Some of Brooks’s colleagues will say, politely, that these conclusions about the LNT model’s overestimation of risk are going much too far. Their doubts about hormesis are even more profound. To conclusively prove radiation risks, these two lines of research—the epidemiology and the lab work—will likely need to come together. This means that the lab models will have to show what the complex relationship of dose and effect does indeed look like, if it doesn’t look like a straight line, and this relationship will have to match with the real-world data from human populations.
This situation isn’t so unlike that in Europe, where the LNT model also has caused quite a kerfuffle among scientists. Most notably, the French Academy of Sciences’ position, since 2005, has been that the LNT model may overestimate risks (though that hasn’t changed France’s safety policies). But, compared with the United States, there’s a stronger inclination across the Atlantic toward the view that the risks might actually be higher than previously assumed. In 2009, an association of government agencies and research institutes in Europe, called MELODI, started a decades-long program that aims to nail down, once and for all, the true impacts of low-dose radiation, with the aim of assessing and improving Europe’s current system of radiation protection. This is slow-going work, and rigor and patience may yet prevail over politics.
Meanwhile, in Washington, the House bill on low-dose research awaits Senate approval. According to its lead sponsor, Rep. Randy Hultgren, a Republican from Illinois, the goal of the act isn’t to challenge that a threshold exists, but to “ensure that the Department of Energy’s Office of Science prioritizes the research necessary to understand what that level actually is.” He points to medical innovations, such as X-rays, as things that have benefited the public good while also relying on low-dose radiation to do so. “It is essential we have the science and facts straight before taking any potentially burdensome regulatory actions that could hamper future innovation,” he said in a January statement.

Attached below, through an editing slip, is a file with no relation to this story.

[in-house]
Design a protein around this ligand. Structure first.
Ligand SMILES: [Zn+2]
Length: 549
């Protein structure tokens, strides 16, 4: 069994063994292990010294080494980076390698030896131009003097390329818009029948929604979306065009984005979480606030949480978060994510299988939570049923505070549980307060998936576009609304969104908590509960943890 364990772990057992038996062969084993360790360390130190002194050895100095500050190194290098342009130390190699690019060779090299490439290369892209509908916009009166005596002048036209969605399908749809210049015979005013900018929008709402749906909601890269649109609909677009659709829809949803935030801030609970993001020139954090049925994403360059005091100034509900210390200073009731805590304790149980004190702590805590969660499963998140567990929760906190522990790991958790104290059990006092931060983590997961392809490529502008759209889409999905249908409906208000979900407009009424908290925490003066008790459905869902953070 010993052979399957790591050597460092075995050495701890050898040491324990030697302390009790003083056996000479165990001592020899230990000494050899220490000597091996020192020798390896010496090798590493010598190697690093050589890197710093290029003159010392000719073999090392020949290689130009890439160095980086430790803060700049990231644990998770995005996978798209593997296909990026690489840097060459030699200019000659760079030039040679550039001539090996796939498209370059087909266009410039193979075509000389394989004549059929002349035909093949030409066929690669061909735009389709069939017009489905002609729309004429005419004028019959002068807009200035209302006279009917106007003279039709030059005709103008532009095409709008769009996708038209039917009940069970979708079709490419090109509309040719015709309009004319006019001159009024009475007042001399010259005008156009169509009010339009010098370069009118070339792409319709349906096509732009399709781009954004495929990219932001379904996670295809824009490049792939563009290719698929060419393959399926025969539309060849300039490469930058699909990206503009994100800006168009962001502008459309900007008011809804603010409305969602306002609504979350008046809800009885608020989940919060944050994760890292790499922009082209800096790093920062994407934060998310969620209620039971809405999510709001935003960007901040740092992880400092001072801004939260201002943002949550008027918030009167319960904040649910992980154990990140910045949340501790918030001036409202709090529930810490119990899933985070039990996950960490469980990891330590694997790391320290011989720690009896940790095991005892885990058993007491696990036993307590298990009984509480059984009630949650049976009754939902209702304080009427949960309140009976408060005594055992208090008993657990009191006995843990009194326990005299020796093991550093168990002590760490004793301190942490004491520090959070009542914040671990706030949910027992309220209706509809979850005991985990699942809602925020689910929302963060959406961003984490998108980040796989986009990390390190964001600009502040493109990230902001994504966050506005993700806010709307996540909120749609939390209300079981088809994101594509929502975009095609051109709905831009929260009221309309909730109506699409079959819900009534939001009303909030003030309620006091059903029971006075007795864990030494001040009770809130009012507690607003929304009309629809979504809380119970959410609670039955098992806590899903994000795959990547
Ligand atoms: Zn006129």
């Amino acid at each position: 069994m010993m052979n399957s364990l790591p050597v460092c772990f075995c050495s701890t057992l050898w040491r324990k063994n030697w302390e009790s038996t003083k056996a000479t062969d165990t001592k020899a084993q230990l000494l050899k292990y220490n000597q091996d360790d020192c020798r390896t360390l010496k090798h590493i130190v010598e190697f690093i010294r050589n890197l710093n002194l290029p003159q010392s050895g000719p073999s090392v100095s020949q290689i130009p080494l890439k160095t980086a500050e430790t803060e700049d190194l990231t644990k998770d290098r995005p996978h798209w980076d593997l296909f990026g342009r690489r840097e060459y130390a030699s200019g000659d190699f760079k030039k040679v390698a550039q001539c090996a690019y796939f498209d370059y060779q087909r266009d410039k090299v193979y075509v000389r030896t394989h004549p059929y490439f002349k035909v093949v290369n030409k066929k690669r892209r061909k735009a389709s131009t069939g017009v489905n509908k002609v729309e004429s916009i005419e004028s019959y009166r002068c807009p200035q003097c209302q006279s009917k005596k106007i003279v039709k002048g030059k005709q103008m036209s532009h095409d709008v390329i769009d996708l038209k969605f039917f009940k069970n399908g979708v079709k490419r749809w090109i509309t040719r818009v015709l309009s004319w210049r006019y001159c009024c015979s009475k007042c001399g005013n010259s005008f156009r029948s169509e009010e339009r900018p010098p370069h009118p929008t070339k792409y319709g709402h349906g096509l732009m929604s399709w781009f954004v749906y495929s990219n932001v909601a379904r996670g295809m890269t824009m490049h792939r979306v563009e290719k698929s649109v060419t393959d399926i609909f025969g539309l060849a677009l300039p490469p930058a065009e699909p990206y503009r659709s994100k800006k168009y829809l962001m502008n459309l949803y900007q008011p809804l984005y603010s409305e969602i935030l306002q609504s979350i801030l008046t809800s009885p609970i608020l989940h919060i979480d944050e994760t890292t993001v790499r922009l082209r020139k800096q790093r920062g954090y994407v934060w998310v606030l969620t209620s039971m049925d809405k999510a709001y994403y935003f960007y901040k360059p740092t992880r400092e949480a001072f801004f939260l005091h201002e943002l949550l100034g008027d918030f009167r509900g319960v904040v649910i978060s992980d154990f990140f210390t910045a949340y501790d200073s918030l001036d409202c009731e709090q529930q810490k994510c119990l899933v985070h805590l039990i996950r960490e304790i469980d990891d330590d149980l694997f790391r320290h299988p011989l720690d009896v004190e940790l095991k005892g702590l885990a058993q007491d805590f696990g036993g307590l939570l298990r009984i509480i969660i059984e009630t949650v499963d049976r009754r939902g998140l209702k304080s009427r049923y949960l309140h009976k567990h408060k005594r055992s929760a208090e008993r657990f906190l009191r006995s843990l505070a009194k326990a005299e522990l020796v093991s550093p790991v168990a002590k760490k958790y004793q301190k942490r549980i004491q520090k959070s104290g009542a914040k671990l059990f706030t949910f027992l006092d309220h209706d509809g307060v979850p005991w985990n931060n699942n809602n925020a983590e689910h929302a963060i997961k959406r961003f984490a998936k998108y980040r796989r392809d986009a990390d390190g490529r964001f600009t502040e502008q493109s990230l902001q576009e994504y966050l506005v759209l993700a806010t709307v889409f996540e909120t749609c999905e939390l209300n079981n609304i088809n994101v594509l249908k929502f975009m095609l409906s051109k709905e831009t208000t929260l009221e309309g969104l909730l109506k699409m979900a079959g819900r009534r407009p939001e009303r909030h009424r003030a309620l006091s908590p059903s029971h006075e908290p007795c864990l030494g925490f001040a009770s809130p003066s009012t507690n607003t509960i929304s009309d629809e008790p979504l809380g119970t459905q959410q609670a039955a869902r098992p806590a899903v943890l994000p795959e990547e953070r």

Edwin Lyman, a senior researcher at the Union of Concerned Scientists who specializes in nuclear proliferation, isn’t so optimistic things will change for the United States in the same way they could for Europe. At the NRC and Energy Department, he charges, institutional bias “motivates the grant selection of the people who are directing the grants, so they’re self-selecting a population of studies that support their own view.”